Every industry has its insider secrets. Law is no exception. However, there are many more secrets in law, because the law itself is so complex most of us can’t interpret it, particularly when it comes to personal injury lawsuits.
Furthermore, we rely on attorneys to help us navigate the legal system, often when we’re in a crisis, so we tend to trust what they say.
There are plenty of tips and rules about choosing an attorney, such as here, but you need to be aware of some of the traps that you may fall into as a potential client of a trial law firm.
Here are the secrets personal injury lawyers won’t tell you but you need to know.
There Are a Variety of Funding Models
You don’t have to go all or nothing to hire a personal injury lawyer like this Houston practice which has focused on providing a transparent policy for those seeking recourse through the courts. You can choose to hire them on a commission basis, where they take a percentage of the settlement in payment, but you owe them nothing if you don’t win.
Note that this commission can be negotiated, and you can consult with several attorneys to find someone who takes 30 per cent instead of 40 per cent.
You can also pay them on an hourly basis. Attorneys may be more willing to evaluate a case and take small cases, if they’re not relying on a percentage of the payout to pay their own bills. Having a lawyer on retainer means you’ve paid them a lump sum up front, and they draw it down as they bill for their services.
When you have a lawyer on retainer, they’re at your service because they know you can pay. After all, you already did.
You May Not Be Working with the Attorney You First Met With
It isn’t uncommon for an attorney to refer you to someone else. That’s understandable if you’re talking to a medical malpractice attorney and they refer you to an expert in medical device manufacturer lawsuits.
If you’re talking to a family law attorney about your international adoption issues, they may refer you to an immigration attorney instead. Yet the odds are much greater that the person you talk to isn’t the one who handles the details of your case. For example, you’ll probably meet with a senior attorney who determines whether or not the firm takes your case.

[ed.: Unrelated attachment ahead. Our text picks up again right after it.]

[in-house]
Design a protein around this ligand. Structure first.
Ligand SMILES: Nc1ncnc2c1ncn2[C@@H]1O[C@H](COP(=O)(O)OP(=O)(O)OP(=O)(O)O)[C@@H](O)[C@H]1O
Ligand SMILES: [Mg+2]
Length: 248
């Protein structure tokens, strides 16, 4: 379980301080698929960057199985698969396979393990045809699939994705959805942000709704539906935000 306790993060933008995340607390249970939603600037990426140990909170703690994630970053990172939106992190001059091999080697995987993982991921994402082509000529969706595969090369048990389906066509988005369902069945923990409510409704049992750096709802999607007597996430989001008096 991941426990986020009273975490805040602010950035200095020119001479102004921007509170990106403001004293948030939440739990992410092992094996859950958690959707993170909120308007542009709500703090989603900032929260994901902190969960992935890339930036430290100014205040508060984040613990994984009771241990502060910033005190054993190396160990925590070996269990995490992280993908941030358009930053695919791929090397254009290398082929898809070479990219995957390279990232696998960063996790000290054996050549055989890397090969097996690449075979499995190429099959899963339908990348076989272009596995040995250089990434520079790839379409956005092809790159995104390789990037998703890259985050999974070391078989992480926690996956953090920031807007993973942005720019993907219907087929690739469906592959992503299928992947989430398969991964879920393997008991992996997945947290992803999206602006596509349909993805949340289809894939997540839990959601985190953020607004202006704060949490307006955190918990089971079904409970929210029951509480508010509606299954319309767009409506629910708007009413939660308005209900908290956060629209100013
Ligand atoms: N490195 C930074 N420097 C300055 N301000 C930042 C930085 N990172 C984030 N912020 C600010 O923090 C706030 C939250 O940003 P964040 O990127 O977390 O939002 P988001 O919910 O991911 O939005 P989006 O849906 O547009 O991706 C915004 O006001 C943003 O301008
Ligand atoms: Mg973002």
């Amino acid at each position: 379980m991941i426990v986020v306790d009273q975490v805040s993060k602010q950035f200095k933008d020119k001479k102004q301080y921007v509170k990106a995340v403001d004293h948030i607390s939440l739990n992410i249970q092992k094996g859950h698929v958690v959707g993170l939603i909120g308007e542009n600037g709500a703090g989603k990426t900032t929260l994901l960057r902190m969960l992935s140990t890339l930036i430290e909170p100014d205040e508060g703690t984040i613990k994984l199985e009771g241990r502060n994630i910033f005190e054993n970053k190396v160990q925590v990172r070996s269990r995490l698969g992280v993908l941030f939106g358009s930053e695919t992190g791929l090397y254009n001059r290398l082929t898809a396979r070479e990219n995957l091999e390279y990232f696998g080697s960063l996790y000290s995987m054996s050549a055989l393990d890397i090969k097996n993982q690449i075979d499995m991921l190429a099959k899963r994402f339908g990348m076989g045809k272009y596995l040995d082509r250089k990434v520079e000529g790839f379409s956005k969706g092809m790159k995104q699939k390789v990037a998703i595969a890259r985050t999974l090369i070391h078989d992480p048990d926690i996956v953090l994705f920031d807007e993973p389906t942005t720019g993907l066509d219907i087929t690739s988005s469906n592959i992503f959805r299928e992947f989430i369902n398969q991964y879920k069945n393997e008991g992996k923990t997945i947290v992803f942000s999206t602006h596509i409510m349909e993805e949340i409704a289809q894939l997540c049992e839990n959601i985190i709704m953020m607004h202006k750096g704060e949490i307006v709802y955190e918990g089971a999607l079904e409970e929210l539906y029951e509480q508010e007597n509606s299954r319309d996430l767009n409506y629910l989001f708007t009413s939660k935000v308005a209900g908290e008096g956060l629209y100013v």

They’ll then farm the work out to junior attorneys or even paralegals on their team.
You should ask whether they have handled cases like yours and make sure you get a straight answer that you can verify and have confidence in.
They May Never Have Spoken to a Jury
It is quite possible that your attorney has never stood before a jury to make their case. This is because roughly 95 per cent of personal injury cases are settled, while around 5% go to jury trial. And attorneys have good reason to avoid a jury trial. A settlement is guaranteed payment for them and you.
A jury trial may or may not result in a judgement in your favor, and it may not be more than the settlement the other side offers. But the attorney knows that a jury trial comes with far more work on their part.
If your attorney has never taken a case to trial, this can hurt you. Insurance companies and other attorneys know the track record of each attorney in the Houston area. They’ll know that your attorney has never gone to trial or if they periodically stand before the court. k
Don’t be afraid to ask about your attorney’s experience, any awards, Board Certifications, trial results and other credentials. A good attorney should not be afraid to explain why he or she is qualified to handle your case when you’re discussing it with them.
They tend to offer less to attorneys without jury trial experience, because they aren’t used to fighting for more. But they may push you to accept the settlement so they get paid and close the case, though you might have gotten more if you hired a different attorney.
They May Have no Intention of Filing a Lawsuit
Because a large percentage of cases settle out of court, a personal injury lawyer may take your case knowing that if it does not settle, they are not willing to file a lawsuit. They may know from the start that your case is not one they are willing to gamble in front of a jury on but they also know they can simply return the file if they cannot “bluff” a settlement.
They may or may not chose to tell you this up front.
Every attorney operates differently and has his/her own criteria for taking cases and/or filing lawsuits. Each of the above subjects are things you should discuss with your attorney on the first meeting so that you understand the game plan and there are no surprises.
Joe Haynes writes about legal matters for those seeking legal assistance for personal injury, consumer law and other matters.